The concept of I Saw the Devil boils down to a revenge tale. Kyung-chul (Oldboy's Min-Sik Choi) is a sadistic, murdering bastard. One night, he encounters a woman with a flat tire and decides to murder her. Why not, right? The woman happened to be the pregnant fiancee of secret agent Soo-hyun (Storm Shadow in the GI Joe movies, Byung-hun Lee). Being a total bad-ass, Soo-hyun decides to take some time off work to grieve...and systematically track down all of the known suspects the police have for the crime and ruin their lives, regardless of their guilt in this particular case. So if you're a known predator that the police haven't been able to pin a case on, Soo-hyun is going to make you hurt. Probably in your balls.
|Hands will work, too|
|L-R: good guy, bad guy (obviously)|
What sets I Saw the Devil apart from all the other revenge-based horror movies out there? There's a lot more depth here than you might initially suspect. On the surface, this movie is borderline torture porn; if you can't bear to watch Hostel, then the intense sick violence in this movie will be a bit much. Unlike Hostel, though, I Saw the Devil makes sure to have a hero on hand to keep the legitimately frightening villain in check. That changes the tone of the movie. Instead of having that weird snuff film vibe, this movie makes you extremely uncomfortable as you watch a killer terrorize his intended victims, but then relives you by having the hero show up and beat the living hell out of the killer. There is a lot of tension-building in this movie, followed by some very satisfying relief by proxy. Soo-hyun keeps letting Kyung-chuland go, though, despite his crimes. It quickly becomes clear that this is a game of cat-and-mouse with two people who both fancy themselves cats. As the film progresses, Soo-hyun's actions become less and less acceptable with more and more collateral damage. What, exactly, makes a monster? That is what makes this movie fascinating.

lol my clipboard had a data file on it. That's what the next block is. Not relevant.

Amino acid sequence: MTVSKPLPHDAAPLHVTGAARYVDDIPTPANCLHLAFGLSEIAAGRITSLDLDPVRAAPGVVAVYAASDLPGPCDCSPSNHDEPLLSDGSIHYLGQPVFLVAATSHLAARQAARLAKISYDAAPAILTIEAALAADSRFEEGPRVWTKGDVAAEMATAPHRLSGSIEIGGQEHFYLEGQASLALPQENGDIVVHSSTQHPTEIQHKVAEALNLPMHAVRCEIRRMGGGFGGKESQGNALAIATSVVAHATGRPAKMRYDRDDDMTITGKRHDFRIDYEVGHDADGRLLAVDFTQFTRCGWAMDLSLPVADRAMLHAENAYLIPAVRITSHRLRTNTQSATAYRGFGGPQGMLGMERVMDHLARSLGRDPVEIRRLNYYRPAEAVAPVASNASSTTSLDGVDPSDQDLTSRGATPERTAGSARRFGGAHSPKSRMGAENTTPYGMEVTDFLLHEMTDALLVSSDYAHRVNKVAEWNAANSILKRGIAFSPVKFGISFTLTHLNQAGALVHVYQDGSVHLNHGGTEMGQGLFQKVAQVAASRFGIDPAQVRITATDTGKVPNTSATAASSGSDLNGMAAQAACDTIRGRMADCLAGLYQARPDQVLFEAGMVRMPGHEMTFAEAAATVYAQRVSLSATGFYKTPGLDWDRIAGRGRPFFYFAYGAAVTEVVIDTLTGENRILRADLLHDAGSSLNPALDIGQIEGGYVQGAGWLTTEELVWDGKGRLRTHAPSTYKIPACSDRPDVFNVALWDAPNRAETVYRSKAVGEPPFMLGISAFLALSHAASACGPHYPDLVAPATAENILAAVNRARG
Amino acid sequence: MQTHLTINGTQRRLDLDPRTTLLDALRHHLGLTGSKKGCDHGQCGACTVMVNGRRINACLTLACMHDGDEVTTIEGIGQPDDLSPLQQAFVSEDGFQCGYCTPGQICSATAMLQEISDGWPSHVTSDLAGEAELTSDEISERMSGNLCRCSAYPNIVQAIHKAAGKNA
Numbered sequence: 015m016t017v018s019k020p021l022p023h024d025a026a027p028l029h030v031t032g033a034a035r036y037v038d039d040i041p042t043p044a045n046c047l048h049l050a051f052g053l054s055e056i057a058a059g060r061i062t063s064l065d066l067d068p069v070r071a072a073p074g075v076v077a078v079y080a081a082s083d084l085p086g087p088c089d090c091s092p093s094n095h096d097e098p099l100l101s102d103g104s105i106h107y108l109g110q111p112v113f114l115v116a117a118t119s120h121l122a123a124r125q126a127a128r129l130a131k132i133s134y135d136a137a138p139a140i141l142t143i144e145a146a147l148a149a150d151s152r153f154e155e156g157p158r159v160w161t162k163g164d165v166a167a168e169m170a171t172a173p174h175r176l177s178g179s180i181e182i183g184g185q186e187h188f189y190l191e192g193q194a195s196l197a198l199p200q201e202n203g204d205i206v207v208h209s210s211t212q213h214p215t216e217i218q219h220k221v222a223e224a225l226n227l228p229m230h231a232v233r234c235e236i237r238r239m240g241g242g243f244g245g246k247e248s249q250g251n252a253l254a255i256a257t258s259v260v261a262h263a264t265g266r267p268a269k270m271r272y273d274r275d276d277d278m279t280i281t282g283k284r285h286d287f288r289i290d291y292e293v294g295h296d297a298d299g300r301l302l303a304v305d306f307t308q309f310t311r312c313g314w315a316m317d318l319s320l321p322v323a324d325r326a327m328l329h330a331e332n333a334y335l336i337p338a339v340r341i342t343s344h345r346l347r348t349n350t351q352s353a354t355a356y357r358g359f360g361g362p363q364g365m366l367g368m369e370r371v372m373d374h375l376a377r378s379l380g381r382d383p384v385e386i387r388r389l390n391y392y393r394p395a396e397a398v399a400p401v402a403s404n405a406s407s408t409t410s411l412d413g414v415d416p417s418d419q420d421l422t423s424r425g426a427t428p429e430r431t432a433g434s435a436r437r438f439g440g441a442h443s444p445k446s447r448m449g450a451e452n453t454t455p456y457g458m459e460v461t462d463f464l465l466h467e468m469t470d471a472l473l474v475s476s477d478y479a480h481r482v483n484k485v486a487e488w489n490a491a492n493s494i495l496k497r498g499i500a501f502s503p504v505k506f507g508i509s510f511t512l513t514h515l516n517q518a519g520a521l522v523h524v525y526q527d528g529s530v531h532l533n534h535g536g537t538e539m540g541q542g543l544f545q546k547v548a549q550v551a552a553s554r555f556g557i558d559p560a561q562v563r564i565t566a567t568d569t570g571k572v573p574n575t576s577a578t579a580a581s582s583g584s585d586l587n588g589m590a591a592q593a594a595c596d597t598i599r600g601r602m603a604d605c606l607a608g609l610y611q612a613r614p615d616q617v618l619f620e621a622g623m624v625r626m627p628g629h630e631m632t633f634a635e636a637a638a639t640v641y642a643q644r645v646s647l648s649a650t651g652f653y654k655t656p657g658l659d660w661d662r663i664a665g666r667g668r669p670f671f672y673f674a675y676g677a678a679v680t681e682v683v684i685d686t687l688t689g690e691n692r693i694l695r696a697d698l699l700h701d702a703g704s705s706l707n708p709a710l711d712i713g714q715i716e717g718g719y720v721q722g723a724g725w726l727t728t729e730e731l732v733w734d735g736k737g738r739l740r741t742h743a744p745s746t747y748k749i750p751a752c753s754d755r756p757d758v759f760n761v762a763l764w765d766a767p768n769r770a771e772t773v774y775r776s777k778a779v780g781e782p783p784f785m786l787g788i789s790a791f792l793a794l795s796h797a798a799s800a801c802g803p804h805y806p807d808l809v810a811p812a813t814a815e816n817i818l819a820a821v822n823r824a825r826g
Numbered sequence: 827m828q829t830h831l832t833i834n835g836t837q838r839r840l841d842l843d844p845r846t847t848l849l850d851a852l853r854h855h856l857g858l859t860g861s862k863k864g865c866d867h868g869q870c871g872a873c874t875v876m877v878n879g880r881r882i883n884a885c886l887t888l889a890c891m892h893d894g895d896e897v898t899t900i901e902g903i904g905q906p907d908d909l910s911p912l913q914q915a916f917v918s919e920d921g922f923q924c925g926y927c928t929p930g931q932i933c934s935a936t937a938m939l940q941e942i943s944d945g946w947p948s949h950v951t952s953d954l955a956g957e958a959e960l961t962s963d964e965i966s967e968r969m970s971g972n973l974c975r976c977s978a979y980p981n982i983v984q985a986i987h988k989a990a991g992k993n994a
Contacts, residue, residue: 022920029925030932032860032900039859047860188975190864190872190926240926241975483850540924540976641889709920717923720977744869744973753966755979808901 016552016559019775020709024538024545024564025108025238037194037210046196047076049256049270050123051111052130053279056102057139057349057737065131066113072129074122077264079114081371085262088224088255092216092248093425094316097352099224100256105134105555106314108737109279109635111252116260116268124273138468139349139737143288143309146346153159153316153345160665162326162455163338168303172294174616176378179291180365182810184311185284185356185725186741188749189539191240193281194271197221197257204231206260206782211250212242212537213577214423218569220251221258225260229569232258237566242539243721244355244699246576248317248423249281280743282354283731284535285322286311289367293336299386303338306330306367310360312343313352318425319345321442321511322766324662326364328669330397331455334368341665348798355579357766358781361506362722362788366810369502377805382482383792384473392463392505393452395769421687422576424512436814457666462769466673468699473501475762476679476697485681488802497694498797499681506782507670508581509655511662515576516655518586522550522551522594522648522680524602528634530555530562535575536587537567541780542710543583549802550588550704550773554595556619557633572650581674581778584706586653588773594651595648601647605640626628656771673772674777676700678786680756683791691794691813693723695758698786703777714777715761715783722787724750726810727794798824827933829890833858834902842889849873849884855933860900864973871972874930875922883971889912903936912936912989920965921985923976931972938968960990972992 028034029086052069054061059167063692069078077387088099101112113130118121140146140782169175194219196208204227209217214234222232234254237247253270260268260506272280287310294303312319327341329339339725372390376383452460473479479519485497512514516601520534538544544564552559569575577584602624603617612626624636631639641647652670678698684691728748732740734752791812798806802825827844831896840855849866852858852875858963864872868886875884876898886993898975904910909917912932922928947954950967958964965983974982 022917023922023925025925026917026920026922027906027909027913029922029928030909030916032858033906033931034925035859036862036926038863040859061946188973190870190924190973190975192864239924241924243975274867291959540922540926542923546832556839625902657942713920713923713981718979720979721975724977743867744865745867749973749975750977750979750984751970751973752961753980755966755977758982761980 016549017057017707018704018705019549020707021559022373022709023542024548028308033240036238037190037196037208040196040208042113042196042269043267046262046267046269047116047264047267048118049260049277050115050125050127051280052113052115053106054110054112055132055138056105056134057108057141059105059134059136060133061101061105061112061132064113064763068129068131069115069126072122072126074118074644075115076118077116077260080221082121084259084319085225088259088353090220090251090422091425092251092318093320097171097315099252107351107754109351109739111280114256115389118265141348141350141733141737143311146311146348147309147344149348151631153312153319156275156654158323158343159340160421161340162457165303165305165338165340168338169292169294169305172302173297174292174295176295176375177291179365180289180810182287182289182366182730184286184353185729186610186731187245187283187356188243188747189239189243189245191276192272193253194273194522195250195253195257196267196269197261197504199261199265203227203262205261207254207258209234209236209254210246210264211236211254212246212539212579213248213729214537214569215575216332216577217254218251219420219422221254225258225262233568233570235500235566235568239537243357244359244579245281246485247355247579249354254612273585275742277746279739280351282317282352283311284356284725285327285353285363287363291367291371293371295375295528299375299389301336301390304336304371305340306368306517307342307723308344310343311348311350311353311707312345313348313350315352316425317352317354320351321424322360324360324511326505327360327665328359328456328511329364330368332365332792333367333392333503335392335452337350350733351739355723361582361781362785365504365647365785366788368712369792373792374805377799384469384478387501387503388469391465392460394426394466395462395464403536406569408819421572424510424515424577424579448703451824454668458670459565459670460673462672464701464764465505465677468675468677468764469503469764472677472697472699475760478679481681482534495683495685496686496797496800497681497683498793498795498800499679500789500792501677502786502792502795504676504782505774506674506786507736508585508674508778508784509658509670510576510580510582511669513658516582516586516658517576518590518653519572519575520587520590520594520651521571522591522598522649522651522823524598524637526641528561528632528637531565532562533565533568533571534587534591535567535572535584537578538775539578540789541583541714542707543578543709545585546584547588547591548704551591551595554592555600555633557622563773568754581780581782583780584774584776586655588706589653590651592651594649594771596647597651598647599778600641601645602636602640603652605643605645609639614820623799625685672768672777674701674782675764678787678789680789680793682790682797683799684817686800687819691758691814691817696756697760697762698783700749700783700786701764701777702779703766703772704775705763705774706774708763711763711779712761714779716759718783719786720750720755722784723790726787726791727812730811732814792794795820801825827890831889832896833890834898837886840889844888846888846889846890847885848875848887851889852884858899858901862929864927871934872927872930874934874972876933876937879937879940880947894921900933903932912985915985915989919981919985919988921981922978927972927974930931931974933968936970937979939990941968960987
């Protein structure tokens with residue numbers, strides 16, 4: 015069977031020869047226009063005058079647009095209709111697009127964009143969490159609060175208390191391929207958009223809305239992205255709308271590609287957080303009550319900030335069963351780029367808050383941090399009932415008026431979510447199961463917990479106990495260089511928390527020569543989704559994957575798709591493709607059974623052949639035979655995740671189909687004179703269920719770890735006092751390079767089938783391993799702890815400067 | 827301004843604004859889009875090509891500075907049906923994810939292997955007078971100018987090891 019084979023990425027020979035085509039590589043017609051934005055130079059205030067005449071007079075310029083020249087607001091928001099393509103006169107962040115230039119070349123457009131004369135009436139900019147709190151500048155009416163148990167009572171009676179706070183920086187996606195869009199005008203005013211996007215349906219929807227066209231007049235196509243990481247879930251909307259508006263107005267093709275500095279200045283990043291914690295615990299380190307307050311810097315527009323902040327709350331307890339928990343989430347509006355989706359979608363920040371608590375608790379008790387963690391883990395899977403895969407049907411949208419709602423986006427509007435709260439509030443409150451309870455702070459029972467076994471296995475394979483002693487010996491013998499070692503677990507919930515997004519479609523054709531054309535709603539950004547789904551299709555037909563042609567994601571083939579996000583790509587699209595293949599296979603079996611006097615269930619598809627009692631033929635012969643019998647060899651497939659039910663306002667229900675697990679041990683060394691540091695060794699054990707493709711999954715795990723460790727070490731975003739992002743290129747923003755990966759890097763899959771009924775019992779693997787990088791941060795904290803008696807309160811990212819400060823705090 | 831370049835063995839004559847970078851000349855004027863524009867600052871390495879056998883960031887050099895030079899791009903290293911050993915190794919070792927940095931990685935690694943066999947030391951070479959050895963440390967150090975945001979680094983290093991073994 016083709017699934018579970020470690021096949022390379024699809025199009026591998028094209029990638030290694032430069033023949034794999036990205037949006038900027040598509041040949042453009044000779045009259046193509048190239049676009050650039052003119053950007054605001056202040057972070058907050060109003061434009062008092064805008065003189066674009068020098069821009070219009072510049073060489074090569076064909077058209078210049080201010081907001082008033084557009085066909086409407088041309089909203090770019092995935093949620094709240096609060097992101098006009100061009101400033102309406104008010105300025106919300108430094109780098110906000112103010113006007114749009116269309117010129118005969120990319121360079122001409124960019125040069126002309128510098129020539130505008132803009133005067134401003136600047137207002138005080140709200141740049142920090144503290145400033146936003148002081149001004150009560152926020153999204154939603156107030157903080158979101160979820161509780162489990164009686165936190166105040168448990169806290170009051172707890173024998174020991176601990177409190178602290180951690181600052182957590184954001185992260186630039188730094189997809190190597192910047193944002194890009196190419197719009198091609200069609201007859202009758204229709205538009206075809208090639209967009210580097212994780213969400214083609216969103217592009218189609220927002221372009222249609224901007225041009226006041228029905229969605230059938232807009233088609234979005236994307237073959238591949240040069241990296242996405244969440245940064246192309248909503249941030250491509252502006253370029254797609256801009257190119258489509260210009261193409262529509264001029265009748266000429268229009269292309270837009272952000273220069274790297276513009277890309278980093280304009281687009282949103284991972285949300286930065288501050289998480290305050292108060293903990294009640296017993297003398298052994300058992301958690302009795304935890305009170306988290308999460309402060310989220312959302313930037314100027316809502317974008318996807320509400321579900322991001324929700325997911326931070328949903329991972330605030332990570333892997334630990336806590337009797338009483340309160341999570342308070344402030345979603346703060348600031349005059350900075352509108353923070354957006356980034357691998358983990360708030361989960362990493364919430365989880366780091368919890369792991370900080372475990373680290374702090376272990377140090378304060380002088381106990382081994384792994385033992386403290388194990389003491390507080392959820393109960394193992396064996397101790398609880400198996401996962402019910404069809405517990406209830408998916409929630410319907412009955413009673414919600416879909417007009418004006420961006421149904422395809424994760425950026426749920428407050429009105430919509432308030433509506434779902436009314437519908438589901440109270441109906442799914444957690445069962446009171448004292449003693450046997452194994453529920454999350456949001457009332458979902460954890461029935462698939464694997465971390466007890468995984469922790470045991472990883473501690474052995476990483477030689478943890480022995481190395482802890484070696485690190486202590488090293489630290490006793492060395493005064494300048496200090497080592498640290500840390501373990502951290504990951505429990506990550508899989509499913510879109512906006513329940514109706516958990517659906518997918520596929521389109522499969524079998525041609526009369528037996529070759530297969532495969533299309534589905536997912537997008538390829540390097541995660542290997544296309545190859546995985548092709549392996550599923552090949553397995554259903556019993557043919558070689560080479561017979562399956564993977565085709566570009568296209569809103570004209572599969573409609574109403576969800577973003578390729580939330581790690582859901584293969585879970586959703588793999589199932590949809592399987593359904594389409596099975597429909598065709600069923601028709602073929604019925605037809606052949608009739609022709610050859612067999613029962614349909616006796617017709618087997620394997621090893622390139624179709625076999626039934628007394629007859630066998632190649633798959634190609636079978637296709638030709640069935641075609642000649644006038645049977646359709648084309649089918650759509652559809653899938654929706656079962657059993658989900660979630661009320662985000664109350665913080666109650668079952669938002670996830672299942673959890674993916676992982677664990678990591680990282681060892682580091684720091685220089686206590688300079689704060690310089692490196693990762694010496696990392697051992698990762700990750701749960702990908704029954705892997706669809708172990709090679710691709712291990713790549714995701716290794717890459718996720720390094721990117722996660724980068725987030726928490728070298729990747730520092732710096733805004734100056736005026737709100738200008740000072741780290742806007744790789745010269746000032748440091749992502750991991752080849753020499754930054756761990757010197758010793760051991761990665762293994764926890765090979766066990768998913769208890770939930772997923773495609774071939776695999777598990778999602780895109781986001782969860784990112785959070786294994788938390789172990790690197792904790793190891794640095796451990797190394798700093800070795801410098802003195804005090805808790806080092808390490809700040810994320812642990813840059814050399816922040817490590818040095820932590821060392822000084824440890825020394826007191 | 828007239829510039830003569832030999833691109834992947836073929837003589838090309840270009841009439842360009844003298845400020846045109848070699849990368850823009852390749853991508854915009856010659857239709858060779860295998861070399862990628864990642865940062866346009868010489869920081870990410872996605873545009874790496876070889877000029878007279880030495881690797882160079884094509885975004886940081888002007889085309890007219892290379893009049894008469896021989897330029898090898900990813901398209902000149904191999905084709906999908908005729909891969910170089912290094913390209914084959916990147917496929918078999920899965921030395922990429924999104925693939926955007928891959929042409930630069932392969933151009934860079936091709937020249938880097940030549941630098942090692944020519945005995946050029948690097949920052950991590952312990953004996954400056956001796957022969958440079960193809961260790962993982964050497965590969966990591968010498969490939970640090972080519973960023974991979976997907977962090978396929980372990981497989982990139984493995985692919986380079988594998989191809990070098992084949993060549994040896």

The acting in I Saw the Devil was top-notch from the two leads. Min-Sik Choi was genuinely disturbing in his role. Normally, serial killers come across as caricatures or stereotypes on film, but he was absolutely frightening.
|I hope he's not a method actor|
|...and yet, his jacket is a popular Google search|
Jee-Woon Kim directed I Saw the Devil, and his next film will be Arnold Schwarzenegger's return to acting. Given the talent he displays in this film, I would have hoped for a better introduction to Hollywood, but whatever. Kim took a story that could have easily been exploitative and all about the gore, and he shaped it into a tightly-wound, intense experience. The violence in this film is jarring and frightening, but it is that effective thanks to the effective atmosphere Kim creates. Sure, the cinematography was nice and the gore was gory, but they are just tools used to create a wonderfully uncomfortable and disturbing movie.
As for the horror elements and violence in I Saw the Devil, they're pretty brutal. There is definitely something in this movie for everyone, as far as squirm-inducing violence goes. The severed Achilles tendon scene was perhaps the hardest for me to watch, but there's a variety of equally tough and realistic bits in the film. The gore isn't what makes this such a scary movie, though. It is the prolonged periods where Kyung-chuland is alone with a victim and is just being intimidating as all hell. It doesn't help that the hero winds up being just as bad as the villain in some respects, either. He could have easily prevented many deaths and his actions in the final scene were awesomely wicked.
|You're damn right!|